by Daniel Gogek
As you saw from last week’s post (The Rob Ford ‘conflict’ case: Why it will be dismissed), the case wasn’t a conflict case at all. It’s a case of a public body – Toronto’s City Council – imposing a penalty on a member and the Canadian law that requires giving the accused council member, in this case Rob Ford, the opportunity to be heard and thus speak to the matter at Council.
How is it possible that there was such confusion on this issue of ‘conflict?’ The short answer is that the whole phenomenon of cities enacting a Code of Conduct for their councillors and mayor – and enforcing these Codes – is relatively new.
Confusion reigned in the Rob Ford case because Toronto’s Code, like Mississauga’s and many others, contains a big hole in it: it sets out virtually nothing on how it is to be enforced.
Some cities in the world have done a more thorough job: they have clarified their rules on enforcement.
Indeed what is fascinating is that there is now a trend emerging around the world to adopt these kinds of Codes. It’s a welcome trend, for it’s a real opportunity to define the qualities and standards we expect of anyone elected to high office in any city.
One city in Canada that has managed to clarify its rules on enforcement is North Vancouver. North Vancouver’s Code of Ethics for Councillors expressly states that: “to ensure procedural and administrative fairness, a member who is accused of violating any provision of the Code” must be given the opportunity “to respond to these allegations.” Furthermore, “before considering a sanction, Council must ensure that a member has … an opportunity to be heard. “ (Article 16). Needless to say, if such language had been in Toronto’s Code, a ‘conflict’ case against Mr. Ford wouldn’t even have made it out of the starting gate.
The language in North Vancouver’s Code is very close to what Justice Cunningham recommended in his October 2011 Report of the Mississauga Judicial Inquiry. Justice Cunningham wrote that “members of council should be afforded procedural fairness” which he said means expressly that they “should have the opportunity to respond at council to a damning report or to a recommendation that a penalty be imposed under a municipal code of conduct” (page 178). He thus recommended “that the current Rule No. 18 of the Mississauga Code be revised” to recognize this (page 179). Toronto’s equivalent of Rule No. 18 is section 18 in the Toronto Code; it currently says nothing on enforcement and needs a similar amendment.
It’s worth stressing that Justice Cunningham was merely stating the public law that already applies when a public body sits and enforces a Code. The leading case handed down over twenty years ago was Knight v. Indian Head School Division No. 19 (1990), where the Supreme Court of Canada set out a three-pronged test: when a public body’s decision is administrative and final in nature, is made under a statute or code, and affects the interests or rights of the accused person, then the rules of procedural fairness must be followed. This is exactly what’s happening when a public body like Toronto’s City Council seeks to impose a penalty on a councillor accused of breaching the Code of Conduct. It’s what happened when City Council sought to impose a penalty on Rob Ford.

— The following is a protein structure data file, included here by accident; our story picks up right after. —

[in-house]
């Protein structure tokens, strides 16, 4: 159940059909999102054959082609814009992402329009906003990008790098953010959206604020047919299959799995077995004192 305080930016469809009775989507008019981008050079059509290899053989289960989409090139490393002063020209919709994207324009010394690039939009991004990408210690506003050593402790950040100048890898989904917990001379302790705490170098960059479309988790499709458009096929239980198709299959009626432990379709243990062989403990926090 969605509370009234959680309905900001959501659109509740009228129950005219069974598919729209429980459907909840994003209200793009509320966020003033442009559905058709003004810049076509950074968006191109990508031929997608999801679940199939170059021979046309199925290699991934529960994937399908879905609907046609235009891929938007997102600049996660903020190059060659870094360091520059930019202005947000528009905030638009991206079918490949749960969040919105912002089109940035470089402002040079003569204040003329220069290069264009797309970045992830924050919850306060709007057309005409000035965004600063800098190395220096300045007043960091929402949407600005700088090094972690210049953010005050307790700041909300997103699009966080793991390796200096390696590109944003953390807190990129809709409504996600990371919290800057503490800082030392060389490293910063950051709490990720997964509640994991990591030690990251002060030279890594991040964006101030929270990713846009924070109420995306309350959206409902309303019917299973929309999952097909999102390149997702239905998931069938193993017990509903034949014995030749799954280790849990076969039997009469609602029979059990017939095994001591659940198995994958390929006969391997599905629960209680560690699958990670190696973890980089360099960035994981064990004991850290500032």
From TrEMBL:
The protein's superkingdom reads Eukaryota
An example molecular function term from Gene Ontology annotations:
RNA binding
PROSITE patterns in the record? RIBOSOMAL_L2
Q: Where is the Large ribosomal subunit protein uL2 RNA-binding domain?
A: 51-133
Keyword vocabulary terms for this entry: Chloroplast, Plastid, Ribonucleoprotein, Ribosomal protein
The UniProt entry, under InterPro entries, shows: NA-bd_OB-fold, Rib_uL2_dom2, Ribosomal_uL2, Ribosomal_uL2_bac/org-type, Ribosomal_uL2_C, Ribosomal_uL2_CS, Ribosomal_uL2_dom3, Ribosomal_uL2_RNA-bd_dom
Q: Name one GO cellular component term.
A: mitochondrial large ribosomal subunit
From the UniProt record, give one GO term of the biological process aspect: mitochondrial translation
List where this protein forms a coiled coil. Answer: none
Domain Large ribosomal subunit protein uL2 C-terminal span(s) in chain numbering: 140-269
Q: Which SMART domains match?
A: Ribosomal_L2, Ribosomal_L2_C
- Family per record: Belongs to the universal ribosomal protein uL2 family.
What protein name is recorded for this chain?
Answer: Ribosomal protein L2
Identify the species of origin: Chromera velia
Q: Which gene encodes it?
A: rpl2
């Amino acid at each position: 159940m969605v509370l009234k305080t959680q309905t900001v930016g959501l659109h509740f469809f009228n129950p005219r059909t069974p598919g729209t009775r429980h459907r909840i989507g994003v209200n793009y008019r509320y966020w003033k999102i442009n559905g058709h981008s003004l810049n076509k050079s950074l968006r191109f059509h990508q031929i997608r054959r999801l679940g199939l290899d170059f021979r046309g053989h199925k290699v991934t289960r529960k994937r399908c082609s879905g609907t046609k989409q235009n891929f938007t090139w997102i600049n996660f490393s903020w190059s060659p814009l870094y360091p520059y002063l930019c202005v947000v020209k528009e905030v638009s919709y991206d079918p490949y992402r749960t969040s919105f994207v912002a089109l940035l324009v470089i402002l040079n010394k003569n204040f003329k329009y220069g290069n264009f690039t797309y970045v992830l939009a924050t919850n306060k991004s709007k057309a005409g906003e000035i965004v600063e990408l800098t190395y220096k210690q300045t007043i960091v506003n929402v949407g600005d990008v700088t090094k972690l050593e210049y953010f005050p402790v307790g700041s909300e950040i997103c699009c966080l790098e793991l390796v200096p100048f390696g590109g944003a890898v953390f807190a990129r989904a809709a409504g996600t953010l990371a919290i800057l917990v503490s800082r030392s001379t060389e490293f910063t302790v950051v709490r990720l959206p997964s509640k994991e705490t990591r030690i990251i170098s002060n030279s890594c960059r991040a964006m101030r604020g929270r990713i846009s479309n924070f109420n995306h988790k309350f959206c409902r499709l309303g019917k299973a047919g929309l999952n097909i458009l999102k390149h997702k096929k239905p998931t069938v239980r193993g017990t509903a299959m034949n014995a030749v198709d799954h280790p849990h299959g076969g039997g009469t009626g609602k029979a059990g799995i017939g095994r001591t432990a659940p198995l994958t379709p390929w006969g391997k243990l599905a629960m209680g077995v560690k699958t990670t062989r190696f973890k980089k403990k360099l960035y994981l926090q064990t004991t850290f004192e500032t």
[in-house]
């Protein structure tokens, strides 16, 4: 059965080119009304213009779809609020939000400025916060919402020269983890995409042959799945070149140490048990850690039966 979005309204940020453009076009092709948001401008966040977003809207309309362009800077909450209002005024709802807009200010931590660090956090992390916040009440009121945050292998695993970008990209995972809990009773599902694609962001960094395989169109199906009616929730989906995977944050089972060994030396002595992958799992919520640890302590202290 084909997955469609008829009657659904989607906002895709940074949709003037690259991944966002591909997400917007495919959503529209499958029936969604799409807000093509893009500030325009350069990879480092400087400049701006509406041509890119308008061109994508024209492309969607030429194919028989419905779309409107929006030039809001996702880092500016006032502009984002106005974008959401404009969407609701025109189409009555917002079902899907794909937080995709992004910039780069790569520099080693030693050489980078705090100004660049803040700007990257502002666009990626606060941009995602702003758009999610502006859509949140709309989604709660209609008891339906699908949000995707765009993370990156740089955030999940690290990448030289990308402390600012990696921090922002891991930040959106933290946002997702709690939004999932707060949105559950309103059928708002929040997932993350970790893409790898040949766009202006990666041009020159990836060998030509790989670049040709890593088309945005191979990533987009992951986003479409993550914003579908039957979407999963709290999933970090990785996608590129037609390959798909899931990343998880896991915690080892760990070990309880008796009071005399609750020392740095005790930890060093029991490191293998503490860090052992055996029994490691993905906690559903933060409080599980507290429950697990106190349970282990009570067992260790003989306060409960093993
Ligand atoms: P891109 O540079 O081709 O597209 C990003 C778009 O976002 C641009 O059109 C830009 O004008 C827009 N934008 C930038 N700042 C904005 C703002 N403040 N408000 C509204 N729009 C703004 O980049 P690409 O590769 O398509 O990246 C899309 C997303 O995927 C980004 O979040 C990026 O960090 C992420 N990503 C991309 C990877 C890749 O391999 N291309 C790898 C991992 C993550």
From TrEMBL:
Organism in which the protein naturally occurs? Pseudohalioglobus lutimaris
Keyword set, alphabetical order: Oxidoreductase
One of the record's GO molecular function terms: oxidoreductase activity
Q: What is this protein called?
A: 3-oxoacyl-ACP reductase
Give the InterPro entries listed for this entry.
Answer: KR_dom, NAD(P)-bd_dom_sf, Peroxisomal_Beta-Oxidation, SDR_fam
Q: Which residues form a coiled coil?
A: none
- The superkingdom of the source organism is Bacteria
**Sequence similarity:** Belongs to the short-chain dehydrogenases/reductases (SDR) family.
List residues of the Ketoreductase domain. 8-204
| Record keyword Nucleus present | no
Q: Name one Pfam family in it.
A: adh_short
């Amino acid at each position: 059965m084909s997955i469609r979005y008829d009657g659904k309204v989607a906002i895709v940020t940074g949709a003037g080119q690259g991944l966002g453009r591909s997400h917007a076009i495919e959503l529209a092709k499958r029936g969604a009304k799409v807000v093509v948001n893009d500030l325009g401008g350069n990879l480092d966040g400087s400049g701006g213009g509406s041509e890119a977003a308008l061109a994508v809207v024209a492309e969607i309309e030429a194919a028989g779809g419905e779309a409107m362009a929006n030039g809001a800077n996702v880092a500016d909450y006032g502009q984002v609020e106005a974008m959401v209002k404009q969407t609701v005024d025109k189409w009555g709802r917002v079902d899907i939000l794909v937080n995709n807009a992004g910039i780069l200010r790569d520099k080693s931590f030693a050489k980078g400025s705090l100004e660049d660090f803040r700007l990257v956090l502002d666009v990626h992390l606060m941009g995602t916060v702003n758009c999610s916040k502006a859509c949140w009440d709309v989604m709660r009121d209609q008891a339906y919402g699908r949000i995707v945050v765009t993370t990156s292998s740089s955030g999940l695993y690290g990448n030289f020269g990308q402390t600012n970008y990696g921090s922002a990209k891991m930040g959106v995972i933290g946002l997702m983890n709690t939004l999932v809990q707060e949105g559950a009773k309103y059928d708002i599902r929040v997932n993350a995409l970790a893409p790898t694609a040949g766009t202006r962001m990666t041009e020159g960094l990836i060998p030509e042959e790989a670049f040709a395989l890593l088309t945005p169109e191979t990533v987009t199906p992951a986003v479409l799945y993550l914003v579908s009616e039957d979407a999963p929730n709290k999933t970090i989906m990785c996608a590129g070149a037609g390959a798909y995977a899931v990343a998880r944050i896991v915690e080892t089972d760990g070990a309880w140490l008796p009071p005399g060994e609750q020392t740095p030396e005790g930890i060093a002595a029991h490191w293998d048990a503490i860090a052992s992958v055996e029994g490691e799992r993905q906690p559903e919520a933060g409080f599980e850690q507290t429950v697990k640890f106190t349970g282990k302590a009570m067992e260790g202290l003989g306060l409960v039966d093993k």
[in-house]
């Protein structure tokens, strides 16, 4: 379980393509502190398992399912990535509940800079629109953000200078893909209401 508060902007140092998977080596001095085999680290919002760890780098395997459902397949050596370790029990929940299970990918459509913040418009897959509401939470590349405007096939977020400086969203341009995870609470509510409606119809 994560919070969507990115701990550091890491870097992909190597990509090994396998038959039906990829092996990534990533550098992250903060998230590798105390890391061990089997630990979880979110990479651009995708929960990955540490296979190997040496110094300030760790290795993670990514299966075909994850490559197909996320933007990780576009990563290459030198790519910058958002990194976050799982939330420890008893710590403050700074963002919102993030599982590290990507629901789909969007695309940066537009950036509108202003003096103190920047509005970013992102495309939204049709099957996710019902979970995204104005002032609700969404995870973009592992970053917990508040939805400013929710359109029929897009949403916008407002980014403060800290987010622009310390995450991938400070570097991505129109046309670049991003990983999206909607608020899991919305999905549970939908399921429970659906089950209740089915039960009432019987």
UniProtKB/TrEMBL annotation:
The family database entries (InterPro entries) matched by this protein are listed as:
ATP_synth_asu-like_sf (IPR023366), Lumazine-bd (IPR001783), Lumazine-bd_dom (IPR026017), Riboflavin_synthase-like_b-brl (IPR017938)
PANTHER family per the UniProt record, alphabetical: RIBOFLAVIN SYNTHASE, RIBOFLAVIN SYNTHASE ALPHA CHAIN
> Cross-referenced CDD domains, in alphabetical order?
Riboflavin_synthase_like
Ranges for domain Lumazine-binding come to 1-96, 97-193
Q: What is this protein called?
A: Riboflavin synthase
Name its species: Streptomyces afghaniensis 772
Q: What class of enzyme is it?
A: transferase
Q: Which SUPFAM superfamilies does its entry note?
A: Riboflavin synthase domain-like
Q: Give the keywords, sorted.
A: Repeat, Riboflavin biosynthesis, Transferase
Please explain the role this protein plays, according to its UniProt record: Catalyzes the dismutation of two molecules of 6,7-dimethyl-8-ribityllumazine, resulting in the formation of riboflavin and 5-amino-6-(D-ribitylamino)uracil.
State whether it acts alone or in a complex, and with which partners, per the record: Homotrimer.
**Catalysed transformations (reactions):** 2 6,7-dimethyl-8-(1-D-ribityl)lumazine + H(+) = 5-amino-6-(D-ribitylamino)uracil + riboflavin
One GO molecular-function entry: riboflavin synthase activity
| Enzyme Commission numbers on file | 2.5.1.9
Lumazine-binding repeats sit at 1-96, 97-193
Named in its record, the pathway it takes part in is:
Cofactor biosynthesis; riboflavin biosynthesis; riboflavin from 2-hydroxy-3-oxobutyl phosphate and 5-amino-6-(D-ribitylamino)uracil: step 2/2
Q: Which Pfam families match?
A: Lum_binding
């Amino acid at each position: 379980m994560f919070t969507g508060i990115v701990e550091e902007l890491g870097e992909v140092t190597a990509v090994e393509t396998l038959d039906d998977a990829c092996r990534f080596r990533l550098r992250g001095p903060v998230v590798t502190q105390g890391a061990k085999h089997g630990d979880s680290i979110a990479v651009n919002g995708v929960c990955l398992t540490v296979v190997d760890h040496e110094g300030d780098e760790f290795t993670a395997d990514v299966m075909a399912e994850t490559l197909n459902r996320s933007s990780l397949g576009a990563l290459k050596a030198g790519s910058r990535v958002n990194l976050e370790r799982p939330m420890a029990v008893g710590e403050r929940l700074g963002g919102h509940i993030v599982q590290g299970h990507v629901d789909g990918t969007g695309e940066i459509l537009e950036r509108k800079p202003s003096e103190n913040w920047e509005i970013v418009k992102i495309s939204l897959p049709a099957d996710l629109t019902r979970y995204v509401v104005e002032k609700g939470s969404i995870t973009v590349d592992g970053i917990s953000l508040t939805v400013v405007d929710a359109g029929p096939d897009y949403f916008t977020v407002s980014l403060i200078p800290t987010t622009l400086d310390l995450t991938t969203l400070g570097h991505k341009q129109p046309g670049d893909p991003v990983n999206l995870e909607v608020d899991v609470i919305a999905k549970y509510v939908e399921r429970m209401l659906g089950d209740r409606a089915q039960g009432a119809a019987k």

All of this of course raises the question whether each individual city should have to figure all this out for itself, or whether we should pool our talents and create model solutions that numerous cities and towns can adopt.
In that regard, one country that has done this well is South Africa. In 2000, South Africa adopted its Municipal Systems Act, a comprehensive law for city governments throughout the country that also included a model Code of Conduct for Councillors (see Schedule 1).
When, for example, Johannesburg adopted its Code of Conduct for Councillors, the city was able to take advantage of this model Code.
Their model Code also clarifies explicitly that the enforcement of the Code and a penalty on a member “must be in accordance with the rules of natural justice” (Article 14). (‘Natural justice’ is another term in the common law for procedural fairness.) In addition, a legal commentary entitled Enforcing the Code of Conduct for Councillors underscored that the model Code confirms that when a councillor is accused of a breach, “a fair hearing must take place …[and] the councillor concerned should be notified of the intended action to be taken against him or her and should be given a proper opportunity to be heard” (pages 8-9).
This is also a good example of the benefit of creating a model Code that all cities can use, perhaps tailoring it as they see fit. Why on earth should we waste precious city resources by having each city try to reinvent the wheel?
We should also step back here and look at the big picture. For the first time in history, we are adopting explicit Codes of Conduct to govern the politicians who seek to serve as mayors and city councillors. We should not squander this extraordinary opportunity to set out in clear terms the qualities, character, and ethical standards we expect of the people we elect to these positions and in whom we place our public trust.
[Ed. note: the column has been updated to reflect the correction noted in John Gregory’s comment about the Schedule Number for the South African Code.]